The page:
Writer and filmmaker Sándor Lau walks in the footsteps of the pioneers and native people on the perilous final stretch of the Oregon Trail: The Barlow Road. Without dying of dysentery.
By the time they reached The Dalles on the Columbia River, emigrants had already survived 1,900 miles of rattlesnakes, river crossings, and high-velocity lead poisoning. Now, they had to decide whether to brave the treacherous rapids of the undammed Columbia River in handmade log rafts or pay the toll of a week’s wages for the privilege of risking death on the worst road they’d ever seen.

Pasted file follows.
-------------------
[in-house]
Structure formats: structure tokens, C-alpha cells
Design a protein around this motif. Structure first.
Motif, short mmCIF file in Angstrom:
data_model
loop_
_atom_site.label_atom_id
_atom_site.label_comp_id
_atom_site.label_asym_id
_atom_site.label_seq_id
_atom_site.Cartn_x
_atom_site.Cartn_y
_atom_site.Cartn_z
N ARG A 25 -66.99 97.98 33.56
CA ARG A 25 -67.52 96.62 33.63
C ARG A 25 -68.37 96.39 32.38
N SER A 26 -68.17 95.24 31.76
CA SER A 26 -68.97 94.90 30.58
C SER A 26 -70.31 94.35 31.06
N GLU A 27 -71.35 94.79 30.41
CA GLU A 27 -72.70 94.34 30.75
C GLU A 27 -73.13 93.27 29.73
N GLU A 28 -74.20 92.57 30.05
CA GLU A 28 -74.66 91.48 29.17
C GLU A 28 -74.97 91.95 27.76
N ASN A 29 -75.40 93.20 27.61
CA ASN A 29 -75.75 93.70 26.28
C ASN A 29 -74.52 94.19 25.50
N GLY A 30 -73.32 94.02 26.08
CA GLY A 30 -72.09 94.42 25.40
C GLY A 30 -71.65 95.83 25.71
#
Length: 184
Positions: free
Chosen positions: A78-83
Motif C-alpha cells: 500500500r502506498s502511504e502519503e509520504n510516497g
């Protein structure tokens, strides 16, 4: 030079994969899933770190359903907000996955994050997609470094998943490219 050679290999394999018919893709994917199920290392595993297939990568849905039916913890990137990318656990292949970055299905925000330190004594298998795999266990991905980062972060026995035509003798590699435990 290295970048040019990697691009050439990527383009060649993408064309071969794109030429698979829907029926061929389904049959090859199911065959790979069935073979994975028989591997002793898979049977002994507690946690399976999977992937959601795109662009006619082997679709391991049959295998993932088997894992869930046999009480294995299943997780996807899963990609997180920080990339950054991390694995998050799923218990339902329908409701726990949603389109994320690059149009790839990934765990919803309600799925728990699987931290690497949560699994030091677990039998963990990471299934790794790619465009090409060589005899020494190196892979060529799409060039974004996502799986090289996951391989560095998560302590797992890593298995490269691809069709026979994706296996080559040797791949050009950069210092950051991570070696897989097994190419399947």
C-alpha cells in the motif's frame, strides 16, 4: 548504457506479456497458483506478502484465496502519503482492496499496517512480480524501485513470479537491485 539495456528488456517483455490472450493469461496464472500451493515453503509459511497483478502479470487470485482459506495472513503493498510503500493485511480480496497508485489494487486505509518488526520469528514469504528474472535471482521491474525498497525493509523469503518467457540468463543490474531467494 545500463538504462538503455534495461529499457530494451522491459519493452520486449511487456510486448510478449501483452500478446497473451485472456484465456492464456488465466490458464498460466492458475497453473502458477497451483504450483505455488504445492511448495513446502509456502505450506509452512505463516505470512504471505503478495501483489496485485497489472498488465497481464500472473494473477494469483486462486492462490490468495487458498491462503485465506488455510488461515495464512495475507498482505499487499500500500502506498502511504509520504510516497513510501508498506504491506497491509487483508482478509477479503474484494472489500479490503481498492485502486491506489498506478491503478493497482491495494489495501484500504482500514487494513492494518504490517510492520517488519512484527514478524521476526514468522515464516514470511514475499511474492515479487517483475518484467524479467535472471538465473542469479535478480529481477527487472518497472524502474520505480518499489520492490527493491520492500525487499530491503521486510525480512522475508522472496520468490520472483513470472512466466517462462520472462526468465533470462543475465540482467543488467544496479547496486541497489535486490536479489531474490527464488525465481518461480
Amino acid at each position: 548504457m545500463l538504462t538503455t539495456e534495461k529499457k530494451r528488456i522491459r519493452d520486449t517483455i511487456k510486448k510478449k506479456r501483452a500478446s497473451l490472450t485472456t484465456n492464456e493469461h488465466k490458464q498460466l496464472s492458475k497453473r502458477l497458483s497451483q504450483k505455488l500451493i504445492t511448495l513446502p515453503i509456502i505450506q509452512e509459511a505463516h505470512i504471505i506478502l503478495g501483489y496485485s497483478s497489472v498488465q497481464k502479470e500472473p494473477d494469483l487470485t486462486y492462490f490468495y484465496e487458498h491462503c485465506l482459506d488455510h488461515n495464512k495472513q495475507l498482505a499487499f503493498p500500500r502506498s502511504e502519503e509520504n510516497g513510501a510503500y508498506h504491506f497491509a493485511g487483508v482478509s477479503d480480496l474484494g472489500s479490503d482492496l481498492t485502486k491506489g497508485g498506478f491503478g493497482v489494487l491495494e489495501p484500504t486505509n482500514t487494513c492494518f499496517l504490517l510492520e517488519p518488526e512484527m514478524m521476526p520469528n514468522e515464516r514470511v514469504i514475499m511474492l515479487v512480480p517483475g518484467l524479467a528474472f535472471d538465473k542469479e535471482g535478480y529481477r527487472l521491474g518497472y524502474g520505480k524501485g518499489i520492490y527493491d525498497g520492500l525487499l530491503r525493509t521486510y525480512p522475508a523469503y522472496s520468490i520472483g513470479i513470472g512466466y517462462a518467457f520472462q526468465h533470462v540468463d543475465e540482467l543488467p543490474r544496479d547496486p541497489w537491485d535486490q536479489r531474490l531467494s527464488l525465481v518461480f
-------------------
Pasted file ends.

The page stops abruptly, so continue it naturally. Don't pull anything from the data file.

Native people have belonged to these lands, fished these waters, and danced in celebration here for as long as the wind remembers. And they are still here.
In his journey across the new old west, Sándor meets modern-day buck skinners and blacksmiths, fisherman and foragers. He learns how Coyote created the Columbia, why to strike while the iron is hot, and discovers the center of the universe in the middle of nowhere.